Intellectual freedom is a complex concept that democracies and free societies around the world define in different ways but always strive to uphold. And ALA has long recognized the crucial role that libraries play in protecting this right.
But what does it mean in practice? How do library workers handle the ethical conundrums that often accompany the commitment to defending it?
Rather than merely laying out abstract policies and best practices, this important new collection gathers real-world stories of intellectual freedom in action to illuminate the difficulties, triumphs, and occasional setbacks of advocating for free and equal access to information for all people in a shifting landscape.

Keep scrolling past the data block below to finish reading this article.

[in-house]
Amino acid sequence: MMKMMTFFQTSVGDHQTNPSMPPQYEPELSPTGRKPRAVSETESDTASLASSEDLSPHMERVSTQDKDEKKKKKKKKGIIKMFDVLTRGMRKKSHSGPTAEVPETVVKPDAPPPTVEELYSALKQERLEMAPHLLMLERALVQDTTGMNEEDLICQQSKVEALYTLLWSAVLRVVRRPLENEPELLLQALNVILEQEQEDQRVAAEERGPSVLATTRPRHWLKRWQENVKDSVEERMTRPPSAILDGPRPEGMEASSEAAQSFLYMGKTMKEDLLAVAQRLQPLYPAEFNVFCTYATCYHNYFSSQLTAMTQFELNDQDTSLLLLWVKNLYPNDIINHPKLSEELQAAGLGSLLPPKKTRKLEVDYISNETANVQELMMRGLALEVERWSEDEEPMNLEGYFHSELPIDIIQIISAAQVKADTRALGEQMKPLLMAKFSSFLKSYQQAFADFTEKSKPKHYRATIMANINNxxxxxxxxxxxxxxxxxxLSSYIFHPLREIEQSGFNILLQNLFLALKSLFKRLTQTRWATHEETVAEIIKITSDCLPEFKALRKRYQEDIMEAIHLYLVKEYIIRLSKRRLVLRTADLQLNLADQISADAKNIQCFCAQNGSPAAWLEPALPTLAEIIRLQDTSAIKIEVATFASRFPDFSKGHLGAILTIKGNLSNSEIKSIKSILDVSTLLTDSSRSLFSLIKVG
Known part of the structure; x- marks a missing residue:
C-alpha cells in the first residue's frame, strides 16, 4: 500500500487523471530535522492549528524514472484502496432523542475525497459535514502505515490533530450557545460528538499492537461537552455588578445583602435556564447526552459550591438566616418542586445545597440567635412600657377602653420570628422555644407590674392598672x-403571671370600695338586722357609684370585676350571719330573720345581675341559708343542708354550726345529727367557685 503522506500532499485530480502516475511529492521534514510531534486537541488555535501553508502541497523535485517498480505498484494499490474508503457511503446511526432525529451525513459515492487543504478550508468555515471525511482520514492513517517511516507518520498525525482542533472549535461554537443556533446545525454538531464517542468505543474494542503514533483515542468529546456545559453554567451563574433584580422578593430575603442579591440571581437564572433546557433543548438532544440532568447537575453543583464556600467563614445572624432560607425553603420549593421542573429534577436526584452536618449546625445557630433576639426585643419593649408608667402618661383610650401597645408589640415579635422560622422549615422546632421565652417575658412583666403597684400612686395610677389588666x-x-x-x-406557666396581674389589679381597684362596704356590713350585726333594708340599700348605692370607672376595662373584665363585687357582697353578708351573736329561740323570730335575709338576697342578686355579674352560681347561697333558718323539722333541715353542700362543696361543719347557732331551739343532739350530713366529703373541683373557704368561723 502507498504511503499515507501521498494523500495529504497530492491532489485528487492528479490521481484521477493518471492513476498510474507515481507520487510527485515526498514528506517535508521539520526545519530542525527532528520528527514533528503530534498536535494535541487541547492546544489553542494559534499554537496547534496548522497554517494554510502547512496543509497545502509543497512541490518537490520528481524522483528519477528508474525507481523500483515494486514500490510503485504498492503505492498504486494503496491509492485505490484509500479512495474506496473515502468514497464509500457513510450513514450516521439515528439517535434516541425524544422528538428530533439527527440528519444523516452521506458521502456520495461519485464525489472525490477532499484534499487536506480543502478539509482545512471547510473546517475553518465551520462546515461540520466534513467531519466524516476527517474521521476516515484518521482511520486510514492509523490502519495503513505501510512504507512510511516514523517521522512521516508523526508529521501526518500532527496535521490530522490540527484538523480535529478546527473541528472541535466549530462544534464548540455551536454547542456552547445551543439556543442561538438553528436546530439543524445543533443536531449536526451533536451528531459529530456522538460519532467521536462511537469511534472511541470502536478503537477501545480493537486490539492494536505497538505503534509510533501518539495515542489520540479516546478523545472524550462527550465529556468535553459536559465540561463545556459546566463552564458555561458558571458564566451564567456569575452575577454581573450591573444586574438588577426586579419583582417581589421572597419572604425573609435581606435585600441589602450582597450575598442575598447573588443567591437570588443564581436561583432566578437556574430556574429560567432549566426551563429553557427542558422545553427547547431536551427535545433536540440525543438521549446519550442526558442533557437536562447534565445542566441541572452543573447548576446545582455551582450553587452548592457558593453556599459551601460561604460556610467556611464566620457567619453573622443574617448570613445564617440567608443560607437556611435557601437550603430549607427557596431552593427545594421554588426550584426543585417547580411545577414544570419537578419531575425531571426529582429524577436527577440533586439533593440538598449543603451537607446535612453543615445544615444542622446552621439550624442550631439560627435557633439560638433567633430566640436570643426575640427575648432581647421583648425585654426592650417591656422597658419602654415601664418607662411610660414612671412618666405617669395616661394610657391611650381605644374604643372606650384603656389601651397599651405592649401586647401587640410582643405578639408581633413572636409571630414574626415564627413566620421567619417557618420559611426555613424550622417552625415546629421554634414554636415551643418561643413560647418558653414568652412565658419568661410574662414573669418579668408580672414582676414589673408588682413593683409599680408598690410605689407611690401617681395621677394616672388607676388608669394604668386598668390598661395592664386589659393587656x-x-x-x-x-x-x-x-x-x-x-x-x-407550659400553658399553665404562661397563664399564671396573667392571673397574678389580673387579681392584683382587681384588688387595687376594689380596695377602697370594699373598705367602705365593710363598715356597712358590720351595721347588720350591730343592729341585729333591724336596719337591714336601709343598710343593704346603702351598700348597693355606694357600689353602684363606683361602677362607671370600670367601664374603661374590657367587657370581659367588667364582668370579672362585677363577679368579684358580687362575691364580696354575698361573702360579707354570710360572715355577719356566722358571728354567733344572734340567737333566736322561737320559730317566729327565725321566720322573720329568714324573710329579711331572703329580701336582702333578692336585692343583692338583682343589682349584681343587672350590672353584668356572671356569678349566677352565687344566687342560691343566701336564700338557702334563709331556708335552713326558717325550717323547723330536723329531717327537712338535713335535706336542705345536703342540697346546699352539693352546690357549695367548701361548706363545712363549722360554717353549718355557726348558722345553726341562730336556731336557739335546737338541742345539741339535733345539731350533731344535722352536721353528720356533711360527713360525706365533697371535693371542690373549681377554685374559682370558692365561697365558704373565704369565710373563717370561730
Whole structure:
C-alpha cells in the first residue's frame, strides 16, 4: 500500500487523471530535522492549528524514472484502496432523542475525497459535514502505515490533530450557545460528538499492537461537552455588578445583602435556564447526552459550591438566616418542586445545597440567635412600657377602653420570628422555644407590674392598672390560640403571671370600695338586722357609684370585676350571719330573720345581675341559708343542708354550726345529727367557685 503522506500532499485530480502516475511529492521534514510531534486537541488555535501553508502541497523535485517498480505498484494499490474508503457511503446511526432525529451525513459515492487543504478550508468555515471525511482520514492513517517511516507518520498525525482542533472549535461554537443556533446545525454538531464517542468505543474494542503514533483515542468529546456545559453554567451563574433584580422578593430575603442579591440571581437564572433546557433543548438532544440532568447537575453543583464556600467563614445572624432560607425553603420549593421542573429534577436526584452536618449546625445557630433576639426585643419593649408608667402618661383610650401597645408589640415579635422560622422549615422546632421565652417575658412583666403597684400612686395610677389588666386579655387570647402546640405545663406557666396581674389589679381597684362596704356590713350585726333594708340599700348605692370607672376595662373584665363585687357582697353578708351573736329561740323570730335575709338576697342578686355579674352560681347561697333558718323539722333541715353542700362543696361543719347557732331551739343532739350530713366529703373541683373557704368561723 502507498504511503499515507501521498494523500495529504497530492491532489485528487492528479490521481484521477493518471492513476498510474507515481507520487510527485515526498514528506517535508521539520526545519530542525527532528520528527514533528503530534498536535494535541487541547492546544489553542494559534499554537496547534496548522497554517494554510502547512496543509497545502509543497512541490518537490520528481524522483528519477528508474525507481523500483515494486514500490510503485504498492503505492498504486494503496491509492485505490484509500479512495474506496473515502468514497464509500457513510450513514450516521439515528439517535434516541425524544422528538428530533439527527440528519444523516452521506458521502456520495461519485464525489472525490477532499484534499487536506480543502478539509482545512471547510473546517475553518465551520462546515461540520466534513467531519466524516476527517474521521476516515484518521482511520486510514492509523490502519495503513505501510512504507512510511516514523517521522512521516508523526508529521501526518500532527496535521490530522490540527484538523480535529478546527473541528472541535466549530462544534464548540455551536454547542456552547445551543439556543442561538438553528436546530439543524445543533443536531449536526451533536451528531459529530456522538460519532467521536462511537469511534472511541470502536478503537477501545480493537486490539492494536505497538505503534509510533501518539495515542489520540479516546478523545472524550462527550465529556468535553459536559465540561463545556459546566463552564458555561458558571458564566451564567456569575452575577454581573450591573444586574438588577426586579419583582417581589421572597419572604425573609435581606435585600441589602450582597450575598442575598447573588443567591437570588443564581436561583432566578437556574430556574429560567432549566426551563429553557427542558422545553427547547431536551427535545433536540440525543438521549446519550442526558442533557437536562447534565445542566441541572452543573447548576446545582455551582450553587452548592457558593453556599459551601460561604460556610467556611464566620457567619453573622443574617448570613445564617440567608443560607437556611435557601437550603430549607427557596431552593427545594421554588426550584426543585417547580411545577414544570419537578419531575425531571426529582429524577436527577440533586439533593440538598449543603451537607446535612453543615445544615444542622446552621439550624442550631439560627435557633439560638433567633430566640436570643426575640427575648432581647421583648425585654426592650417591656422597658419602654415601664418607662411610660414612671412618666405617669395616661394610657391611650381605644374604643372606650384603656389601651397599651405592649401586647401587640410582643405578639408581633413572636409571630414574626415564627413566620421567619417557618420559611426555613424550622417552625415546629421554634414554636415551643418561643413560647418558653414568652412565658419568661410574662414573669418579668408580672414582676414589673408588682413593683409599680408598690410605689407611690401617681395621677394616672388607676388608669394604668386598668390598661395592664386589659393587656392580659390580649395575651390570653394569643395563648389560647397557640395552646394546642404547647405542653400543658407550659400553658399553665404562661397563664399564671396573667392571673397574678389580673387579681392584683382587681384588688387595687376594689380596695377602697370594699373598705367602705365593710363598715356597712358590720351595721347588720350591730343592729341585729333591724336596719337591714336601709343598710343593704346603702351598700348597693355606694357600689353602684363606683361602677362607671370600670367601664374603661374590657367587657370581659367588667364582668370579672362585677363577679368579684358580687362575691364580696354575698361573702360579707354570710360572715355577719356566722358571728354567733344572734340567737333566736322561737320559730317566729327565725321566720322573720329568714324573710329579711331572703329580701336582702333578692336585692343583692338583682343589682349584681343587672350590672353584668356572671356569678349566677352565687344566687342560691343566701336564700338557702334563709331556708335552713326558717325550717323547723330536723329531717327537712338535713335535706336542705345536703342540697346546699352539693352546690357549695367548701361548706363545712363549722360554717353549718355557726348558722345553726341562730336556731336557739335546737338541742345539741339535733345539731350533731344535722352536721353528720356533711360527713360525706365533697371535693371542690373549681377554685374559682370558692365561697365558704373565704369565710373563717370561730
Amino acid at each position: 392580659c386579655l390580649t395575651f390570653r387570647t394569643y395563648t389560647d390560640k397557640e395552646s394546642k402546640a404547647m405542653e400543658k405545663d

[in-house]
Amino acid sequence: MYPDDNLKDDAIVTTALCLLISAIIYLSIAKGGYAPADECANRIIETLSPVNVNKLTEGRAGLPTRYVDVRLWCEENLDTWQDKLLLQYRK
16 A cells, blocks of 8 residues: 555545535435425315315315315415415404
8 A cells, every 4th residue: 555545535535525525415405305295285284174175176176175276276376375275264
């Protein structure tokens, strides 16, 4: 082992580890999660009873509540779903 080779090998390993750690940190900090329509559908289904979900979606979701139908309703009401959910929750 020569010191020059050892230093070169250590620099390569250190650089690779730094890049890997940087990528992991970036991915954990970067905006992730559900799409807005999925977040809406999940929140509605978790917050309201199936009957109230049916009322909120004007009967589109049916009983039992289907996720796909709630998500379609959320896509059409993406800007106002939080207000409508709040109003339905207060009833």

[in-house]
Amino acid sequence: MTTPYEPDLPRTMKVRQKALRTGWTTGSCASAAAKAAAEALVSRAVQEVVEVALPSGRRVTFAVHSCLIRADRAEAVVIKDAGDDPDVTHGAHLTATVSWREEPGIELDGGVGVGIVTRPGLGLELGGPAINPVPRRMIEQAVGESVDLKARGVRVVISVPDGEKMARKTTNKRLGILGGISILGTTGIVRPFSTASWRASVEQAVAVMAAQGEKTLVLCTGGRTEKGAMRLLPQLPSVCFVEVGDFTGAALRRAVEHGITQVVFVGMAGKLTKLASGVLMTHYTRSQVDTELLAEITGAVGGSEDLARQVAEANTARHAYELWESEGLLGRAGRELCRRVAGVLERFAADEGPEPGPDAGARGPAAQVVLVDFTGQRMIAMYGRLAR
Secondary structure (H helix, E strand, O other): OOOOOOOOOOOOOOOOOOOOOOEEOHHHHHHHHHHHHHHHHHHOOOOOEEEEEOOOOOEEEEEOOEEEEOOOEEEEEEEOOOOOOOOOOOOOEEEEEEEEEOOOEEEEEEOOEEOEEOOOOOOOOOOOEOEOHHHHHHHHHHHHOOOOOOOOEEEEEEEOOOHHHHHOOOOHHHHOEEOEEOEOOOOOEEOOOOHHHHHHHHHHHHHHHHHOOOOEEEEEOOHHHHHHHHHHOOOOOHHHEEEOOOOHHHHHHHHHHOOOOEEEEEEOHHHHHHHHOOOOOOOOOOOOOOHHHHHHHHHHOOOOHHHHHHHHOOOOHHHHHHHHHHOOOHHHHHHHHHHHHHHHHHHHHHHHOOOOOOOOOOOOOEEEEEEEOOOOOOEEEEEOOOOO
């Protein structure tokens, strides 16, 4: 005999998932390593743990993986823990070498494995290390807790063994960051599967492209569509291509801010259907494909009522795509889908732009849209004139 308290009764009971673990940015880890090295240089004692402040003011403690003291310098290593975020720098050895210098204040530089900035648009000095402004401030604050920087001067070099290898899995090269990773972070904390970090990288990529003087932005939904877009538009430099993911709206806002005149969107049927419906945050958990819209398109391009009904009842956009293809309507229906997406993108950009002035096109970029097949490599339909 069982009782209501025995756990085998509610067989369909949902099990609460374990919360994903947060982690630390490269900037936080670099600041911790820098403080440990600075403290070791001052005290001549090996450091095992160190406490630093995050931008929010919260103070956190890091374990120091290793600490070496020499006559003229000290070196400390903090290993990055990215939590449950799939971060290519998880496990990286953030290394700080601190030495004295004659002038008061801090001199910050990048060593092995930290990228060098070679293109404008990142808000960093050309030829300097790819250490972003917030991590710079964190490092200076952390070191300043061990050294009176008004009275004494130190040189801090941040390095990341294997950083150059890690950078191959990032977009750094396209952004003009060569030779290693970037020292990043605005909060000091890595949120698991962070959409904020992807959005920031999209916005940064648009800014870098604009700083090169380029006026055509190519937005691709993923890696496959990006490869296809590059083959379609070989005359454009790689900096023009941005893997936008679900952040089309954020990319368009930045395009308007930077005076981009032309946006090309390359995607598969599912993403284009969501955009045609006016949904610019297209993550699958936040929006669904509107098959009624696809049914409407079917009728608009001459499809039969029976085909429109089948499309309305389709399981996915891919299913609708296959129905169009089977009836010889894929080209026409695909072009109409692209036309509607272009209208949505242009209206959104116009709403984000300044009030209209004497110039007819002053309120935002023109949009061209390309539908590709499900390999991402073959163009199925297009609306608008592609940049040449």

Offering insight to LIS students and current practitioners on how we can advance the profession of librarianship while fighting censorship and other challenges, these personal narratives explore such formidable situations as:presenting drag queen story times in rural America;a Black Lives Matter "die-in" at the undergraduate library of the University of Wisconsin-Madison;combating censorship at a prison library;hosting a moderated talk about threats to modern democracy that included a neo-Nazi spokesman;a provocative exhibition that triggered intimidating phone calls, emails, and a threat to burn down an art library; calls to eliminate non-Indigenous children's literature from the collection of a tribal college library; andpreserving patrons' right to privacy in the face of an FBI subpoena. These stories provide a rich platform for debate and introspection by sharing real-world examples that library staff, administrators, board members, and students can consider and discuss.